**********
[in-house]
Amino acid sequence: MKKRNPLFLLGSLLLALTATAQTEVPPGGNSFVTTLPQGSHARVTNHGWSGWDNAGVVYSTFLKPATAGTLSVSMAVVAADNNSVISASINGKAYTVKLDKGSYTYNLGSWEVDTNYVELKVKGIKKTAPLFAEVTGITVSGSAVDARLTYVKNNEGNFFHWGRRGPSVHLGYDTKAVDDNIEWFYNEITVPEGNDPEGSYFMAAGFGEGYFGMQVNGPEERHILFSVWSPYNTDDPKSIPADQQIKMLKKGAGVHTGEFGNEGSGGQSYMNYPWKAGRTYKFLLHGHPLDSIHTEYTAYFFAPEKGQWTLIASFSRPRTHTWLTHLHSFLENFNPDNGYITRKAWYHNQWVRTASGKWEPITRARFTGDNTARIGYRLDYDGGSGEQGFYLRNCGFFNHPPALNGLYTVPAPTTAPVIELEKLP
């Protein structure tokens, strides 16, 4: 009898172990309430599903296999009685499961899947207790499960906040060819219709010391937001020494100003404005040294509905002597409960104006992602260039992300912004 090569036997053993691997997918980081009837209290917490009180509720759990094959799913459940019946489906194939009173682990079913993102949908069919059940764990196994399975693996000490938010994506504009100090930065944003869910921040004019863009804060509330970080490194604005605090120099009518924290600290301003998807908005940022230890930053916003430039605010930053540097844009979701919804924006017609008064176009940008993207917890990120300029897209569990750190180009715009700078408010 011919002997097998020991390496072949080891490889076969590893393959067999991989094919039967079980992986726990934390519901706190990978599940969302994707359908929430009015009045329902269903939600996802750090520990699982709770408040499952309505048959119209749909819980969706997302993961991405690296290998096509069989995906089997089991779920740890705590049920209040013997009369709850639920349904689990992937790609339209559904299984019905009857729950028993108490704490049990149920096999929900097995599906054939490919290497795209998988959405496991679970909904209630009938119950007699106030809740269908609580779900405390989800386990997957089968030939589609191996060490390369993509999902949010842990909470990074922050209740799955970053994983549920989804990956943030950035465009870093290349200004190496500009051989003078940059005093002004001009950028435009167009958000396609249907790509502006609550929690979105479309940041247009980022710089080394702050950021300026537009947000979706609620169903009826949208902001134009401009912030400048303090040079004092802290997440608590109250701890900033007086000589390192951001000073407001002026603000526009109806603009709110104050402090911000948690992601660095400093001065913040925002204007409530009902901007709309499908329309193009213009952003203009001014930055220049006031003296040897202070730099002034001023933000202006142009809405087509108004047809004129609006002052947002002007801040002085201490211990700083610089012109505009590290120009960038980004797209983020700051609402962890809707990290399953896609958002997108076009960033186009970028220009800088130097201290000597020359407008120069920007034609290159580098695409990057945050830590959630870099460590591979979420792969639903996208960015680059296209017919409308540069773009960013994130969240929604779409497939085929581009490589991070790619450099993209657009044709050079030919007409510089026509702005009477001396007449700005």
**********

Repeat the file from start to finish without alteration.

[in-house]
Amino acid sequence: MKKRNPLFLLGSLLLALTATAQTEVPPGGNSFVTTLPQGSHARVTNHGWSGWDNAGVVYSTFLKPATAGTLSVSMAVVAADNNSVISASINGKAYTVKLDKGSYTYNLGSWEVDTNYVELKVKGIKKTAPLFAEVTGITVSGSAVDARLTYVKNNEGNFFHWGRRGPSVHLGYDTKAVDDNIEWFYNEITVPEGNDPEGSYFMAAGFGEGYFGMQVNGPEERHILFSVWSPYNTDDPKSIPADQQIKMLKKGAGVHTGEFGNEGSGGQSYMNYPWKAGRTYKFLLHGHPLDSIHTEYTAYFFAPEKGQWTLIASFSRPRTHTWLTHLHSFLENFNPDNGYITRKAWYHNQWVRTASGKWEPITRARFTGDNTARIGYRLDYDGGSGEQGFYLRNCGFFNHPPALNGLYTVPAPTTAPVIELEKLP
């Protein structure tokens, strides 16, 4: 009898172990309430599903296999009685499961899947207790499960906040060819219709010391937001020494100003404005040294509905002597409960104006992602260039992300912004 090569036997053993691997997918980081009837209290917490009180509720759990094959799913459940019946489906194939009173682990079913993102949908069919059940764990196994399975693996000490938010994506504009100090930065944003869910921040004019863009804060509330970080490194604005605090120099009518924290600290301003998807908005940022230890930053916003430039605010930053540097844009979701919804924006017609008064176009940008993207917890990120300029897209569990750190180009715009700078408010 011919002997097998020991390496072949080891490889076969590893393959067999991989094919039967079980992986726990934390519901706190990978599940969302994707359908929430009015009045329902269903939600996802750090520990699982709770408040499952309505048959119209749909819980969706997302993961991405690296290998096509069989995906089997089991779920740890705590049920209040013997009369709850639920349904689990992937790609339209559904299984019905009857729950028993108490704490049990149920096999929900097995599906054939490919290497795209998988959405496991679970909904209630009938119950007699106030809740269908609580779900405390989800386990997957089968030939589609191996060490390369993509999902949010842990909470990074922050209740799955970053994983549920989804990956943030950035465009870093290349200004190496500009051989003078940059005093002004001009950028435009167009958000396609249907790509502006609550929690979105479309940041247009980022710089080394702050950021300026537009947000979706609620169903009826949208902001134009401009912030400048303090040079004092802290997440608590109250701890900033007086000589390192951001000073407001002026603000526009109806603009709110104050402090911000948690992601660095400093001065913040925002204007409530009902901007709309499908329309193009213009952003203009001014930055220049006031003296040897202070730099002034001023933000202006142009809405087509108004047809004129609006002052947002002007801040002085201490211990700083610089012109505009590290120009960038980004797209983020700051609402962890809707990290399953896609958002997108076009960033186009970028220009800088130097201290000597020359407008120069920007034609290159580098695409990057945050830590959630870099460590591979979420792969639903996208960015680059296209017919409308540069773009960013994130969240929604779409497939085929581009490589991070790619450099993209657009044709050079030919007409510089026509702005009477001396007449700005």